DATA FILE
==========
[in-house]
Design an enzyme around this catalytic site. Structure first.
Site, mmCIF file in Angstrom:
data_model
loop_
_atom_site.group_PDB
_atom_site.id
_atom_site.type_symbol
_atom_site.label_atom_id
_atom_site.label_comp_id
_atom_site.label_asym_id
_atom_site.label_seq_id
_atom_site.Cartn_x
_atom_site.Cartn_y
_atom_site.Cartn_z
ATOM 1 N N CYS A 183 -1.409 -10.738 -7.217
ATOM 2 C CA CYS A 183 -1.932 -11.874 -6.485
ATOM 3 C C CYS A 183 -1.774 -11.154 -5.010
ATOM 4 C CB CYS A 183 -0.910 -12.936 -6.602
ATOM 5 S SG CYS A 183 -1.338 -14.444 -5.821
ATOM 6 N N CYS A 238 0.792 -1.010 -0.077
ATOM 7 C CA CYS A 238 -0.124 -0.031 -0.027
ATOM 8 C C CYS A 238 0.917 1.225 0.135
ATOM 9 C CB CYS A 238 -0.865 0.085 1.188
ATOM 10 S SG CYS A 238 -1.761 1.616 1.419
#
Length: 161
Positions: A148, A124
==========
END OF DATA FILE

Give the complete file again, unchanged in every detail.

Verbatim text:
[in-house]
Design an enzyme around this catalytic site. Structure first.
Site, mmCIF file in Angstrom:
data_model
loop_
_atom_site.group_PDB
_atom_site.id
_atom_site.type_symbol
_atom_site.label_atom_id
_atom_site.label_comp_id
_atom_site.label_asym_id
_atom_site.label_seq_id
_atom_site.Cartn_x
_atom_site.Cartn_y
_atom_site.Cartn_z
ATOM 1 N N CYS A 183 -1.409 -10.738 -7.217
ATOM 2 C CA CYS A 183 -1.932 -11.874 -6.485
ATOM 3 C C CYS A 183 -1.774 -11.154 -5.010
ATOM 4 C CB CYS A 183 -0.910 -12.936 -6.602
ATOM 5 S SG CYS A 183 -1.338 -14.444 -5.821
ATOM 6 N N CYS A 238 0.792 -1.010 -0.077
ATOM 7 C CA CYS A 238 -0.124 -0.031 -0.027
ATOM 8 C C CYS A 238 0.917 1.225 0.135
ATOM 9 C CB CYS A 238 -0.865 0.085 1.188
ATOM 10 S SG CYS A 238 -1.761 1.616 1.419
#
Length: 161
Positions: A148, A124